• $\begingroup$ Makes sense, thanks. Though I'm surprised I hear beats (even at 30kHz sampling rate), my laptop plays music quite well through headphones. Could splines yield beats? Sinc should make a pure sine at least away from edges, but I hear beats for the whole duration. $\endgroup$ May 14, 2022 at 21:27
  • $\begingroup$ What I would do is look at the wav in the frequency domain. If it's a pure sine wave, and you hear beats, your hardware is defective (maybe by design -- it may conceivably use a suboptimal interpolator that works well enough for music but fails for pure tones). If the spectrum shows harmonics where there shouldn't be, then the beats might be in the original signal. $\endgroup$
    – MBaz
    May 14, 2022 at 21:33
  • 1
    $\begingroup$ True -- the application you use and indeed the OS sound drivers can mess up the signal. In my experience, Windows in general distorts more than Linux. If I have to use Windows to play a wav, I use Matlab's or SciPy's sound utilities. In my Linux machine, using mpv, x0 beats but x1 doesn't. $\endgroup$
    – MBaz
    May 14, 2022 at 22:15
  • 1
    $\begingroup$ @MBaz this is a very nice experiment that reveals the implementation of the reconstruction filter of your device. This is of course, as you've both already mentioned provided the OS and hardware drivers do not interfere further with the signal to be reproduced. Unfortunately I am not familiar with driver implementation so I can't really say what kind of processing this may (or may not) introduce to the signal pipeline. I believe though that it is quite difficult to separate the effect of a specific system component in nowadays systems due to increased complexity. $\endgroup$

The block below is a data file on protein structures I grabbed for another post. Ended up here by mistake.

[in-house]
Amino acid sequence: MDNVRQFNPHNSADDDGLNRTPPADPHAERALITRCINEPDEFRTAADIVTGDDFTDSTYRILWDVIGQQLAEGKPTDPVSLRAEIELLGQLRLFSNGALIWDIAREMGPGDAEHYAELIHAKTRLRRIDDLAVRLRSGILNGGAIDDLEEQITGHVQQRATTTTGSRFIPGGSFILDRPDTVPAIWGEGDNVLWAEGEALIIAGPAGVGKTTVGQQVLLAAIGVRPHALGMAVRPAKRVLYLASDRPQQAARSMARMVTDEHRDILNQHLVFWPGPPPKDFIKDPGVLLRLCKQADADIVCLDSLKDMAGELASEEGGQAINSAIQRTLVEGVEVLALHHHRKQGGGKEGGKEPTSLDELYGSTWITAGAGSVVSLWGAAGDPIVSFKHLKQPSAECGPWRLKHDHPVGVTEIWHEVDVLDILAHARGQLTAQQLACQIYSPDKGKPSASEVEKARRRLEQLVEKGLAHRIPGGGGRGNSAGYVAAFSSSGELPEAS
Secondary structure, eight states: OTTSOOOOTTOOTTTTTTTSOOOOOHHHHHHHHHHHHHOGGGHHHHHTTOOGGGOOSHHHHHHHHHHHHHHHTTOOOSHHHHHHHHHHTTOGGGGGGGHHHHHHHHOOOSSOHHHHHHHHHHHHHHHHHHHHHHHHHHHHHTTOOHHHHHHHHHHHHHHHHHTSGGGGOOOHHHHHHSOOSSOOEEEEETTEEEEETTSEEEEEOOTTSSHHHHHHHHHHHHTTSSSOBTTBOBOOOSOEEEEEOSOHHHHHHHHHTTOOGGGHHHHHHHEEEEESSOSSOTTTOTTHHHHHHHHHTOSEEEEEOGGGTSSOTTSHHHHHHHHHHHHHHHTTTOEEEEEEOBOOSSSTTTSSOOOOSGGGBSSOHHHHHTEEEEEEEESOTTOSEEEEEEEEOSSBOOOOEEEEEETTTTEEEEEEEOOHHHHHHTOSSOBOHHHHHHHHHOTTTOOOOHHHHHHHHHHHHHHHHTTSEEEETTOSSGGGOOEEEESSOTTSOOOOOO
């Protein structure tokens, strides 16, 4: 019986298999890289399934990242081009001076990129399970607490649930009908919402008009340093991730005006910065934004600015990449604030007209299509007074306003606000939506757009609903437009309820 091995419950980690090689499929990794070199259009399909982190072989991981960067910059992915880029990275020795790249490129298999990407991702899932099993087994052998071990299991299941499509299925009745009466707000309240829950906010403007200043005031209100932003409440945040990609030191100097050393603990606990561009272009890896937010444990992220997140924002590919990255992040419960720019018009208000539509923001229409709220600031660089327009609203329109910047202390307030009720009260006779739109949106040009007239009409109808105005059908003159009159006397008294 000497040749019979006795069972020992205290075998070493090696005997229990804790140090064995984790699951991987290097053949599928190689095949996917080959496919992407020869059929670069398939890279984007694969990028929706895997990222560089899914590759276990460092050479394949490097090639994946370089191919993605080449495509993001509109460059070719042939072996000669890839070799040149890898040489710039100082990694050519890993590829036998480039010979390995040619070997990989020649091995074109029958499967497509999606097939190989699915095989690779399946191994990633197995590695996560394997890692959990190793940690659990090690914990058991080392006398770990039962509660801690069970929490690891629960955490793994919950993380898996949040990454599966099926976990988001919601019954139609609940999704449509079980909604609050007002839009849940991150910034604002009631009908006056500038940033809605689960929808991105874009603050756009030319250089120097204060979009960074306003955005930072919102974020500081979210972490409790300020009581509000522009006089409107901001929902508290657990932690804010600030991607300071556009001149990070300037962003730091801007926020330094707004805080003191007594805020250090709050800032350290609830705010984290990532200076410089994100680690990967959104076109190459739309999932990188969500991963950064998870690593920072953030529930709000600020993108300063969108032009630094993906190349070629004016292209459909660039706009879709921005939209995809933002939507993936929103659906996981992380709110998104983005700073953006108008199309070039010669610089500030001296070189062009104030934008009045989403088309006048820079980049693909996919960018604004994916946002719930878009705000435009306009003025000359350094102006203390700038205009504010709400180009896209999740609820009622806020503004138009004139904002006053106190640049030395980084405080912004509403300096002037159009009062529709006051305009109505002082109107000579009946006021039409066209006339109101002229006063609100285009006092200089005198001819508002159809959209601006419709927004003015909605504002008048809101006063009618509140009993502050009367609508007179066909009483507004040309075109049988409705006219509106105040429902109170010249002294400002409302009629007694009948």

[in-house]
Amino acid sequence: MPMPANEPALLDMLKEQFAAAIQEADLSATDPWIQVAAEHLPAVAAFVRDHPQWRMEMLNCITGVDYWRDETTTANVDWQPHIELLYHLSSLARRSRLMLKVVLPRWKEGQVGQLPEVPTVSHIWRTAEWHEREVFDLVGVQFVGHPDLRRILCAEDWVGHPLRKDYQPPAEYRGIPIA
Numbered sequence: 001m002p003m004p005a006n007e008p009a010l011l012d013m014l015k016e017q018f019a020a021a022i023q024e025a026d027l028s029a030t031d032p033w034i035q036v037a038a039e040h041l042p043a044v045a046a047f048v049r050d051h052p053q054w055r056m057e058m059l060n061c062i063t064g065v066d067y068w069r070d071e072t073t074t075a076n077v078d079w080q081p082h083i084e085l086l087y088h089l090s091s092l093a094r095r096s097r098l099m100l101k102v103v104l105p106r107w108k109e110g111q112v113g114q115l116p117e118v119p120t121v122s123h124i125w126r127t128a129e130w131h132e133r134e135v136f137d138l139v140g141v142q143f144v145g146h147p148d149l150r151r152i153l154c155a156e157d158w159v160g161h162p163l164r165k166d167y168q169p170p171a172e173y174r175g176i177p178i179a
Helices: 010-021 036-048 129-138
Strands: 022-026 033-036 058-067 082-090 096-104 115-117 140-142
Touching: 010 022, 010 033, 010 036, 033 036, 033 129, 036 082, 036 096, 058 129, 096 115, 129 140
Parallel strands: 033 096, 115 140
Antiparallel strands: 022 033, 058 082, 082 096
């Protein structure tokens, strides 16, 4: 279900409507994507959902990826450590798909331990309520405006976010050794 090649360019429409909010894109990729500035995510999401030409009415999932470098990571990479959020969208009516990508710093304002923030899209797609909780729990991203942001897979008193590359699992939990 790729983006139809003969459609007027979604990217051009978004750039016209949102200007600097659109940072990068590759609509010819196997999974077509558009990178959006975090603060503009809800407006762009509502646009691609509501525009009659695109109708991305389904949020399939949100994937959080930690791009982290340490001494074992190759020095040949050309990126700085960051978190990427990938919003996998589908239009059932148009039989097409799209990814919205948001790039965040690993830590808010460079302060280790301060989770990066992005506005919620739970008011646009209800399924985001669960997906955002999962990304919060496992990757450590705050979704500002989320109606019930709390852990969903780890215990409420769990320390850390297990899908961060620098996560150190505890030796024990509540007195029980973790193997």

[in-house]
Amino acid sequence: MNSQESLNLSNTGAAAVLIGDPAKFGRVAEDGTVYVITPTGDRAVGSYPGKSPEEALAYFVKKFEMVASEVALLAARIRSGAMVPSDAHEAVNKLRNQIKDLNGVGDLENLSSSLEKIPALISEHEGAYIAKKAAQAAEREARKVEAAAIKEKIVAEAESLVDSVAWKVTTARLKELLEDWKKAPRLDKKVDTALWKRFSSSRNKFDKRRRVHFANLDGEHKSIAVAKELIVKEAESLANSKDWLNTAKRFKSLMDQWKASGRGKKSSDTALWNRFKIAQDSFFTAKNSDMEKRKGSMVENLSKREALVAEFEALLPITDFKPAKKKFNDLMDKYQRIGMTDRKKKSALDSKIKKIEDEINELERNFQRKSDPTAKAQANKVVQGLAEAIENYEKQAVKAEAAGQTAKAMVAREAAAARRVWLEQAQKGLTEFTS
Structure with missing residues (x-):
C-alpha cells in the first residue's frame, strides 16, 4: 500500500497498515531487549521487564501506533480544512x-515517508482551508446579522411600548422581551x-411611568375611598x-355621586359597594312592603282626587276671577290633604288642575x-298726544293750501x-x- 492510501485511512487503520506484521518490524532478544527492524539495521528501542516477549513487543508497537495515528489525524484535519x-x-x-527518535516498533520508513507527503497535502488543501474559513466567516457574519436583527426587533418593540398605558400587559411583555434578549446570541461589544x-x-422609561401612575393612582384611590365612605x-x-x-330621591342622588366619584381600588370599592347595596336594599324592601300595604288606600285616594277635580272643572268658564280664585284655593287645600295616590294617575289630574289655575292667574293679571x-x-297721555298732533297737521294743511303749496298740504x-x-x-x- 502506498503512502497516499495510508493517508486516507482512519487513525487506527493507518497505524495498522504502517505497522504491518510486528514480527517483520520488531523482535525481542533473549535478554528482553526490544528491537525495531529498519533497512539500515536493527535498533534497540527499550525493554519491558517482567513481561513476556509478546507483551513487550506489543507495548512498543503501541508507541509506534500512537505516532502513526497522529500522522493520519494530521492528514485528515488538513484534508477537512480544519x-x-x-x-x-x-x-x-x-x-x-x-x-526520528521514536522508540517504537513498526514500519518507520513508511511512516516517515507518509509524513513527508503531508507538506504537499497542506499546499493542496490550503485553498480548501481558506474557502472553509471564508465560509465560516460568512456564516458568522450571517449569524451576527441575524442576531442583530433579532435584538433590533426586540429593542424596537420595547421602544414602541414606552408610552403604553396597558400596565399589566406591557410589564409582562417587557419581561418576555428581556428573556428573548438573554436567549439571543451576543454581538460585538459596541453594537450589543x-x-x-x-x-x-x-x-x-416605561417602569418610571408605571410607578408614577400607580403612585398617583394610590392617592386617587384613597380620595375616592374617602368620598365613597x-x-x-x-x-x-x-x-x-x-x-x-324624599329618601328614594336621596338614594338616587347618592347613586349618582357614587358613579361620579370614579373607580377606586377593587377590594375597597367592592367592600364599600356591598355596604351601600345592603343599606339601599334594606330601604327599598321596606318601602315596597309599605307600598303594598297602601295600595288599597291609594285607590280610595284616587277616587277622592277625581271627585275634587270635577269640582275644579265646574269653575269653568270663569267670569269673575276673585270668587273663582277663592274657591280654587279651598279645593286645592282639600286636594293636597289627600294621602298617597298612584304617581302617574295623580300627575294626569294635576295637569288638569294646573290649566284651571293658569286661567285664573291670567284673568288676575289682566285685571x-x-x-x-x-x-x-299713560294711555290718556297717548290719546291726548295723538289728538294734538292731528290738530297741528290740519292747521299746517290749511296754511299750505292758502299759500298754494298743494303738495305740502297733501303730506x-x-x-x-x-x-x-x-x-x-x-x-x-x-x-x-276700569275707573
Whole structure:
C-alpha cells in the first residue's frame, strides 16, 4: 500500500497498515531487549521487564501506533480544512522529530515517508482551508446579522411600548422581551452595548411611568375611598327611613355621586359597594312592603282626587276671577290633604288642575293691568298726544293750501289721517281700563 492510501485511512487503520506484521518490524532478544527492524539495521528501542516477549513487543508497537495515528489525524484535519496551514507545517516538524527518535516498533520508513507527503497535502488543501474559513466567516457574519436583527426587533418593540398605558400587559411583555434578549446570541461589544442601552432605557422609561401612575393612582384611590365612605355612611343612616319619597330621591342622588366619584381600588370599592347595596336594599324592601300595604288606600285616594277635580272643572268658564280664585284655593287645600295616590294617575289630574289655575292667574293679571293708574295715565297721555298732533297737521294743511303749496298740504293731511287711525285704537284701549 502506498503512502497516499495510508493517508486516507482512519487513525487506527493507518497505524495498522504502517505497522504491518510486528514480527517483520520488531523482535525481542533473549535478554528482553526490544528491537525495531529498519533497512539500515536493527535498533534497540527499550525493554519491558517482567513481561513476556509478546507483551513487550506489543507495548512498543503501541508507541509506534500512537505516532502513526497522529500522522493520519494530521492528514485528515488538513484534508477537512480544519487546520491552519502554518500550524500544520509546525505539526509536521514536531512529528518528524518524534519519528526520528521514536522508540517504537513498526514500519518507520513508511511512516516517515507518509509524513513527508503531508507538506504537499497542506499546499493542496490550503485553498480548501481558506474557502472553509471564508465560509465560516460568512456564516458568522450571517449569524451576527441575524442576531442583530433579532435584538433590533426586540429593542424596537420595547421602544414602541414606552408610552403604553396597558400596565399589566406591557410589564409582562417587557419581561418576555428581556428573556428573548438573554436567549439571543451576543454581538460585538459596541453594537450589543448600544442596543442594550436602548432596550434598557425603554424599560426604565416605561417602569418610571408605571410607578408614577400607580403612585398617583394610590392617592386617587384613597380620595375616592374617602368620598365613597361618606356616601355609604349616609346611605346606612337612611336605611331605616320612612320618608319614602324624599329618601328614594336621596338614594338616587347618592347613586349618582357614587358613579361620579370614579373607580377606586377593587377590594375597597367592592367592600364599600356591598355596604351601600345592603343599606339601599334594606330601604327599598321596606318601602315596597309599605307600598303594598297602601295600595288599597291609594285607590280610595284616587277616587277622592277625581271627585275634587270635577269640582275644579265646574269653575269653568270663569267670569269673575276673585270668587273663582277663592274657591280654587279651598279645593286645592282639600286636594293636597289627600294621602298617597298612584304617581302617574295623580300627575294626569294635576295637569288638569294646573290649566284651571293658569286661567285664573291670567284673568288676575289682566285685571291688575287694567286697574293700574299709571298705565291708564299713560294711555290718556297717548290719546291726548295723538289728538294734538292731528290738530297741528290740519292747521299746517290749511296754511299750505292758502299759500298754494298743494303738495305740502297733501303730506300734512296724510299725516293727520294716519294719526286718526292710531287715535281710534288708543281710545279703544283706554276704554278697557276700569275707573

– ZaellixA
    May 15, 2022 at 6:47
  • 1
    $\begingroup$ @ZaellixA Fully agreed! One benefit of running an open source OS like Linux is that the drivers can (at least in principle) be studied. $\endgroup$
    – MBaz
    May 15, 2022 at 15:19
1
$\begingroup$

there are beats.

There are generally no beats. This is purely an artifact on how you draw it: which is simply by connecting neighboring samples with straight lines. This implies that you assume that the value of $x(nT+\tau)$ can be obtained by linear interpolation between the two neighboring samples $x(nT)$ and $x((n+1)T)$. This assumption is wrong and it's especially wrong at higher frequencies.

Values between samples can be accurately calculated using Whitaker-Shannon interpolation. See: https://en.wikipedia.org/wiki/Whittaker%E2%80%93Shannon_interpolation_formula

How do audio readers interpolate?

Audio readers don't interpolate at all. There is no need to, since all information is fully contained in the samples.

When you play the audio back, the DAC will apply an anti aliasing low pass filter which provide interpolation, so it will look smooth again in the analog domain.

In rare cases you can get audible beats for sine waves with frequencies very close to Nyquist. This is simply caused by the actual anti-aliasing not being "good enough". The ideal interpolation filter is an ideal low pass filter, which can't be implemented in practice.

Let's look at a trivial example $x_0[n]=\cos(n\frac{\pi}{2})$ and $x_1[n]= \cos(n\frac{\pi}{2} +\frac{\pi}{4})$. Obviously these have the same amplitude and the same frequency but if we draw them "naively" they look very different. enter image description here

If your frequency would be slightly higher or lower than $pi/2$ you would actually see some "beating" but this is just a drawing artifact and nothing else.

$\endgroup$

Your Answer

By clicking “Post Your Answer”, you agree to our terms of service and acknowledge you have read our privacy policy.

Not the answer you're looking for? Browse other questions tagged or ask your own question.